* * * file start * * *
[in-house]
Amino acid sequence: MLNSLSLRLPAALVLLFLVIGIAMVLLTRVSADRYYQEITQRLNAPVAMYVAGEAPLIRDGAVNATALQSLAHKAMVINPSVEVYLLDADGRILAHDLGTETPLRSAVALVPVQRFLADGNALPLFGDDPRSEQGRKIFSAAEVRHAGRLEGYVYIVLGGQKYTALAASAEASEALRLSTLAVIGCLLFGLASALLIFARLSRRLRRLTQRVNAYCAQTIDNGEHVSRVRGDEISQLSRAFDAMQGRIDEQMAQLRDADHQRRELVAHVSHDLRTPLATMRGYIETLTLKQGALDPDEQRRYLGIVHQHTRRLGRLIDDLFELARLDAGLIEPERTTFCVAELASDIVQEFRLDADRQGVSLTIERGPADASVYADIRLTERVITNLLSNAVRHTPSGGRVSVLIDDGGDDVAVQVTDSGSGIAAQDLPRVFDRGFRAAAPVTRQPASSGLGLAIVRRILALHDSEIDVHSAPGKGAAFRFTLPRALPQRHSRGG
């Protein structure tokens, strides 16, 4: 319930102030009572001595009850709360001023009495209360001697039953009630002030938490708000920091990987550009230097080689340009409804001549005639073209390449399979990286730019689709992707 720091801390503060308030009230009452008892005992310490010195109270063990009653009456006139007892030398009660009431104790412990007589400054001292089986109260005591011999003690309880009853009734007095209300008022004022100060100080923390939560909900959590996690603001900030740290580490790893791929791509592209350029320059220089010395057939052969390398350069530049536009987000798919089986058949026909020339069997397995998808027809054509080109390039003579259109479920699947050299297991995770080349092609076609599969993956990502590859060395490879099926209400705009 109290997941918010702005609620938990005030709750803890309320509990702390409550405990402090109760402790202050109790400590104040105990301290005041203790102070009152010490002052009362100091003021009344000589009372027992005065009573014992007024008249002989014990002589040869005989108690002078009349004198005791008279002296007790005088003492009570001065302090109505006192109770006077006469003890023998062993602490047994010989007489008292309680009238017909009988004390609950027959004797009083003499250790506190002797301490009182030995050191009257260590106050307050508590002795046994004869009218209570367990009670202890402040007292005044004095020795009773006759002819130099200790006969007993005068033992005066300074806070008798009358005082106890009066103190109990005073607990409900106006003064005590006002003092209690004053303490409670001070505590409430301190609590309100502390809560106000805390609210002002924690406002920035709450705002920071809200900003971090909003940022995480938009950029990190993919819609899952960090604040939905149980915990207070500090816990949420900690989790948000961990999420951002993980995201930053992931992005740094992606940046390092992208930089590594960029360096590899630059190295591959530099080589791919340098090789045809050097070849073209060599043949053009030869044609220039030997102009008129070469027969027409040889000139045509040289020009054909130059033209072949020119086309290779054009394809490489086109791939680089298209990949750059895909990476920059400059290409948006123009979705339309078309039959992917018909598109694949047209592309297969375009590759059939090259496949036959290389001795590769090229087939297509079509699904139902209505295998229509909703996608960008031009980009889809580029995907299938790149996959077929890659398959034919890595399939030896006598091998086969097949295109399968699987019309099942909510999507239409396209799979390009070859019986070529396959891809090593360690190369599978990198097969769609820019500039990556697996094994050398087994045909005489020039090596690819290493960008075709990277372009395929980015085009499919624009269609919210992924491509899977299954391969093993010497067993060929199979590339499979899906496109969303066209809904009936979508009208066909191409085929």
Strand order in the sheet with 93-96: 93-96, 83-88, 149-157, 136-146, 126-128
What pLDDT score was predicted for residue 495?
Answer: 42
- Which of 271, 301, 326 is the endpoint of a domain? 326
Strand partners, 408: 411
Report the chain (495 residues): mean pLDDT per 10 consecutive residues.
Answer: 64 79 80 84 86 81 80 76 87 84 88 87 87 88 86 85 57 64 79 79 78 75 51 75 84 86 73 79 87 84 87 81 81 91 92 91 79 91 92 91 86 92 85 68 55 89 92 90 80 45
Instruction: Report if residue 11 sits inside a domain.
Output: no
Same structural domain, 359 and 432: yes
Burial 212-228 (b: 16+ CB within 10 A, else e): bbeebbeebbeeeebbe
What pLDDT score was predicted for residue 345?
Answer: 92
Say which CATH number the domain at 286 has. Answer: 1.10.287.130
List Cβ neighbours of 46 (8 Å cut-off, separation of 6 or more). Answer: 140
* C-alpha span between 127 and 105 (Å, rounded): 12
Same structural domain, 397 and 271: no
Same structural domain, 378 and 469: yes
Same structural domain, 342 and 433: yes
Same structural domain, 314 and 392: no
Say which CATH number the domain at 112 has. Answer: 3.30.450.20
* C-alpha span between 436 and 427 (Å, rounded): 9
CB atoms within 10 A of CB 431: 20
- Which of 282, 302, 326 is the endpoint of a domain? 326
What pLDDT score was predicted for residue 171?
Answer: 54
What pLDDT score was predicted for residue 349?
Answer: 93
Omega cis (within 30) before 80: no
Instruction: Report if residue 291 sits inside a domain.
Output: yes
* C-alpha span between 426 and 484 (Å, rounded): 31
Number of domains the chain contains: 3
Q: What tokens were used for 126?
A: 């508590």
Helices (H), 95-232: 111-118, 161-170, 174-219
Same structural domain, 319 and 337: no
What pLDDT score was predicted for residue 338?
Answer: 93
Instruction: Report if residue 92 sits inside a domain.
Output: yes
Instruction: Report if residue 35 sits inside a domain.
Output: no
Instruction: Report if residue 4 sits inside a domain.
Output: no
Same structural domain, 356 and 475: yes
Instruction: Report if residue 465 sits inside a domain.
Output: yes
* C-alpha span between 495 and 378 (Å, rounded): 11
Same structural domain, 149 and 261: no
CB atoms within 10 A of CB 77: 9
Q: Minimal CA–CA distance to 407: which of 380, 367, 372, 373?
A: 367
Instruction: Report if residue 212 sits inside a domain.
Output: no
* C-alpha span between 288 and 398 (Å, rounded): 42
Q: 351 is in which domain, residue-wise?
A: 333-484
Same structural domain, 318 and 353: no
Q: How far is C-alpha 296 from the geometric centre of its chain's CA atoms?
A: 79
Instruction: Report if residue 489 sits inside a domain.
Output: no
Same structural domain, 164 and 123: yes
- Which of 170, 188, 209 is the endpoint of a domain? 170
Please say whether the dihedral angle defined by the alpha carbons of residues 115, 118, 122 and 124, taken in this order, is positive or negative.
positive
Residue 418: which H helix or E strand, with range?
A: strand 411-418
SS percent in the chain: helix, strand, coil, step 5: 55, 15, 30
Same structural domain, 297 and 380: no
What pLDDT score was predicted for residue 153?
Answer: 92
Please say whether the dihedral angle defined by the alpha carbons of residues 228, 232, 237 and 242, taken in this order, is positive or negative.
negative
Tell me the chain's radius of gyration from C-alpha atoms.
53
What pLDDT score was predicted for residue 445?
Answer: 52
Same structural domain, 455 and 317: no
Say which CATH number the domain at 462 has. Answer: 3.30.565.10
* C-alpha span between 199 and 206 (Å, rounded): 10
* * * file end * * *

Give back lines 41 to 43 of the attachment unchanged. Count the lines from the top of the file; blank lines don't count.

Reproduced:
What pLDDT score was predicted for residue 338?
Answer: 93
Instruction: Report if residue 92 sits inside a domain.